The much promoted Fox News debate between Florida Governor Ron DeSantis and California Governor Gavin Newsom opened with both trading sharp insults, before launching into comparisons of the quality of life in their respective states.
After moderator Sean Hannity opened with a question about the net migration out of California and into Florida, DeSantis focused on Newsom’s own record in the Golden State.
“You would almost have to try to mess California up,” DeSantis said, before he took a swipe at Newsom for his visit to the French Laundry restaurant in the midst of the Covid pandemic.
“You and President Trump are trying to light democracy on fire,” said Newsom, as he positioned the debate as a chance to promote the Biden-Harris reelection bid. He accused DeSantis of being on a “banning binge” and a “cultural purge.”
Then, in a dig to DeSantis, seeking the presidency as an alternative to front runner Donald Trump, Newsom said, “One thing we have in common is that neither of us will be the nominee in 2024.” That was likely an early effort to show that he does not have his own ambitions for the presidency next year as an alternative to Biden or a candidate waiting in the wings.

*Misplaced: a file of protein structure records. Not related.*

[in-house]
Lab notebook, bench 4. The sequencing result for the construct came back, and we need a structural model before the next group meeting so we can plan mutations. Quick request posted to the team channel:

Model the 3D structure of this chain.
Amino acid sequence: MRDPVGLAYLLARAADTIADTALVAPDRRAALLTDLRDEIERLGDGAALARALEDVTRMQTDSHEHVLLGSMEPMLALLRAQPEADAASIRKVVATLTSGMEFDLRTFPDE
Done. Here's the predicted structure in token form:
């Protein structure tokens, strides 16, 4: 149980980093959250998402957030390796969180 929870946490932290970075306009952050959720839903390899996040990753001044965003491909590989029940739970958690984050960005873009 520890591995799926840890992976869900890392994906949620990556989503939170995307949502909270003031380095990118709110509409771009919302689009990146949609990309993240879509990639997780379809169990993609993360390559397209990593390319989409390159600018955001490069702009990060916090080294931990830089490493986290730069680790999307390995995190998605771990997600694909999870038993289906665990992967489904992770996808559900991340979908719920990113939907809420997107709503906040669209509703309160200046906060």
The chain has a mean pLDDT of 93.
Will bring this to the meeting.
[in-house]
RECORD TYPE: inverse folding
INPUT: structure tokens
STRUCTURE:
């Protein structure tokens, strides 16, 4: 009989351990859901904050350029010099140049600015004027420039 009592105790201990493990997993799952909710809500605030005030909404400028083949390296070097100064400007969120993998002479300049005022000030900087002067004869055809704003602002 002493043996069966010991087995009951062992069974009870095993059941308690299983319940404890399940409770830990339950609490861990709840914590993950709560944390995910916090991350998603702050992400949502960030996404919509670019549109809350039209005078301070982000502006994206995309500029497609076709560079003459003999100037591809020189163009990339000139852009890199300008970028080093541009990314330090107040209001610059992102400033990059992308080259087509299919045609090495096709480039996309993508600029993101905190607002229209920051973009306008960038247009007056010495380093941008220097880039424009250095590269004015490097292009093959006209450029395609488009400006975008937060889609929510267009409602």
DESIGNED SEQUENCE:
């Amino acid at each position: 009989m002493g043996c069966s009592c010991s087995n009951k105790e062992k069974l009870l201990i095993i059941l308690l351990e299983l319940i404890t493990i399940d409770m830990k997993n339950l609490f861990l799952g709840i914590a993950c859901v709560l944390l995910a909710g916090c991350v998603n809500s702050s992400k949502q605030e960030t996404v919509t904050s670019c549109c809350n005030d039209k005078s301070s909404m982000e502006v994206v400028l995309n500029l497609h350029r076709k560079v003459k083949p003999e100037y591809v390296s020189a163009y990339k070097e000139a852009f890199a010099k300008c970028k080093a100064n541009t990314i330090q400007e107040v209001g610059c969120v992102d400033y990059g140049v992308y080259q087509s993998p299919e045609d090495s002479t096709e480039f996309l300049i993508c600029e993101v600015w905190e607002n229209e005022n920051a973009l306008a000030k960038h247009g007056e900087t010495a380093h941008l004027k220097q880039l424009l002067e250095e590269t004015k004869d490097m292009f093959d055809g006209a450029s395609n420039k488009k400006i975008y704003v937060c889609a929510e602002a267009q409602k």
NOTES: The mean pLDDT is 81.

Very quickly, DeSantis and Newsom talked over each other, to the point that Hannity tried to take a pause and, in his words, “let things breathe.”
The debate is taking place in Alpharetta, GA, sans a studio audience. Hannity organized the debate following Newsom’s appearance on his show in June and, after some negotiation between both governors’ teams, it was finally scheduled last month.
The novel idea to feature the governors of two of the largest states in the country may ultimately prove to be more interesting than the next GOP debate. That gathering next week and hosted by NewsNation will be the fourth Republican primary event, but it is also unlikely to feature front runner Donald Trump, who has shunned the debates so far. It also may help boost DeSantis’ prospects, giving him his own platform as he has been battling with Nikki Haley for the No. 2 slot.
And while Fox News’ extensive promotion for the Newsom-DeSantis event has focused on the Red State vs. Blue State divide, including what is a better state to live in, the debate may ultimately come down to personality vs. policy, as the two governors have traded extensive insults in recent months.
“There’s a hunger in the country to an alternative to Trump and Biden,” Fox News anchor Martha MacCallum said in the minutes before the debate start. Newsom, of course, is not in the race, and Jesse Watters noted, “He can’t be too good, or else there is going to be civil war.”
The event may prove to be a ratings getter for Fox News and Hannity, who nevertheless noted at the outset, “I will be moderating this debate, I will not be part of this debate.” But his initial questions focused on the positives of the Sunshine State: Net positive migration and a better unemployment rate than in the Golden State.